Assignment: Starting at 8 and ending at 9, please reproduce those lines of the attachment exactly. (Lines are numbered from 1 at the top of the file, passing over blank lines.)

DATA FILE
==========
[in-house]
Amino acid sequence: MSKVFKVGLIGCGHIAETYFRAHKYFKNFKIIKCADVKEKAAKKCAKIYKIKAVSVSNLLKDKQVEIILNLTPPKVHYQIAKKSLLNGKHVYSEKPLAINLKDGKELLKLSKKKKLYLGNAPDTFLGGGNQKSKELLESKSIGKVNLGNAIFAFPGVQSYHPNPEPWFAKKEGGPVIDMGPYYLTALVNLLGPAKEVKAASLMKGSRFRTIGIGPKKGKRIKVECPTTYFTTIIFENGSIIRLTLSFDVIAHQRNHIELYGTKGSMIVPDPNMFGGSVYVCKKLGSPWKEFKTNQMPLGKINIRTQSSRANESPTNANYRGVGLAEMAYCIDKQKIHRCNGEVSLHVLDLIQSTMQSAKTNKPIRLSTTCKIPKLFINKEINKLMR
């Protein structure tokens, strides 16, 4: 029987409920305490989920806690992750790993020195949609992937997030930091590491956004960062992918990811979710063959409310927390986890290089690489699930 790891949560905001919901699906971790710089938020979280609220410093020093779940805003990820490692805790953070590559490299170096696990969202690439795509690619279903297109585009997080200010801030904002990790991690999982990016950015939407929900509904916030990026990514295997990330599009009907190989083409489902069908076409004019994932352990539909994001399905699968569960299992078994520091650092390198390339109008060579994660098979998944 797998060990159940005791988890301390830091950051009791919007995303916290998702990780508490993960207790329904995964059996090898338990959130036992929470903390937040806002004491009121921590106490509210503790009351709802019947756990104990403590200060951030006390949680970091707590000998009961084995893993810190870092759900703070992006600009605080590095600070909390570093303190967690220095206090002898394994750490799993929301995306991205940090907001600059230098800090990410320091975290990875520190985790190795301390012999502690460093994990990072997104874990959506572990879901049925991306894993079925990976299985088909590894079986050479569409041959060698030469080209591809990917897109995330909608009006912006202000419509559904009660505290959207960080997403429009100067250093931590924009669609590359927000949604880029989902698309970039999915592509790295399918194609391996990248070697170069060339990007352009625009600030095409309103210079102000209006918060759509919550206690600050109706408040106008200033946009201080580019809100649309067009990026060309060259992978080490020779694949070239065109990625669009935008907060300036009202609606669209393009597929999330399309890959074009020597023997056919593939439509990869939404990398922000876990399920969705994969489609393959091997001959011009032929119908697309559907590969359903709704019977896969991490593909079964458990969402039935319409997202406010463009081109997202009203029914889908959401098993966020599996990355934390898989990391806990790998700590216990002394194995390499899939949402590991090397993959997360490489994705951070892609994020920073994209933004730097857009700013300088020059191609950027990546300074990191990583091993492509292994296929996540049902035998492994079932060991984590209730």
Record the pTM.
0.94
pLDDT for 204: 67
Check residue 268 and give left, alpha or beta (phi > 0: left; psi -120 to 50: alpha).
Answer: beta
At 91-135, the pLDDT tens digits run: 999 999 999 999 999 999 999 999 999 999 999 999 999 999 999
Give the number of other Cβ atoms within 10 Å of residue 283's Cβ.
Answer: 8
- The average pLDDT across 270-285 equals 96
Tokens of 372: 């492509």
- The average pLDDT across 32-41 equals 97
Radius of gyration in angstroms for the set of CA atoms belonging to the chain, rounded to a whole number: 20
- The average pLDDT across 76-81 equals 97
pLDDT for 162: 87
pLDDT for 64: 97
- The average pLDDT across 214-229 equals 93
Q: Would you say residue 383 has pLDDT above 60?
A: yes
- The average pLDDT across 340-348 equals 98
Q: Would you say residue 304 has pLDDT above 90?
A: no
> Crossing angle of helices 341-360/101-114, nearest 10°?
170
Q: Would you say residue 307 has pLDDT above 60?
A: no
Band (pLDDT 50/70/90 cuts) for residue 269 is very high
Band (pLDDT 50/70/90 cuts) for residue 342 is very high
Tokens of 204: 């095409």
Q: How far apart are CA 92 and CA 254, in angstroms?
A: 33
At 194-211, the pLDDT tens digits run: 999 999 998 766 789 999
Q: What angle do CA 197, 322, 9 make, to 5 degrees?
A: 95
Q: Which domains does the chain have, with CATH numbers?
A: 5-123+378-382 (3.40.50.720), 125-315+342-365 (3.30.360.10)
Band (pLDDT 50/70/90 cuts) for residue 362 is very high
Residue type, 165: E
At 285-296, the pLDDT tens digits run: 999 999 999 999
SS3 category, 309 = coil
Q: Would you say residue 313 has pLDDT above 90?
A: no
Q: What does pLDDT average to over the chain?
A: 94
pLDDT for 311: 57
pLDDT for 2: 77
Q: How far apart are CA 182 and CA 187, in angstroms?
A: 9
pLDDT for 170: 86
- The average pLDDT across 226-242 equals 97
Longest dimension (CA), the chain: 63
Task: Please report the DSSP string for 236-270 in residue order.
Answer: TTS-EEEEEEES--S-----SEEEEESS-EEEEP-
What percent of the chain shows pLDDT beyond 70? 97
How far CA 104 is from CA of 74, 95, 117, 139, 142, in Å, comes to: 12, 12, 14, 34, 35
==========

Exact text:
Answer: beta
At 91-135, the pLDDT tens digits run: 999 999 999 999 999 999 999 999 999 999 999 999 999 999 999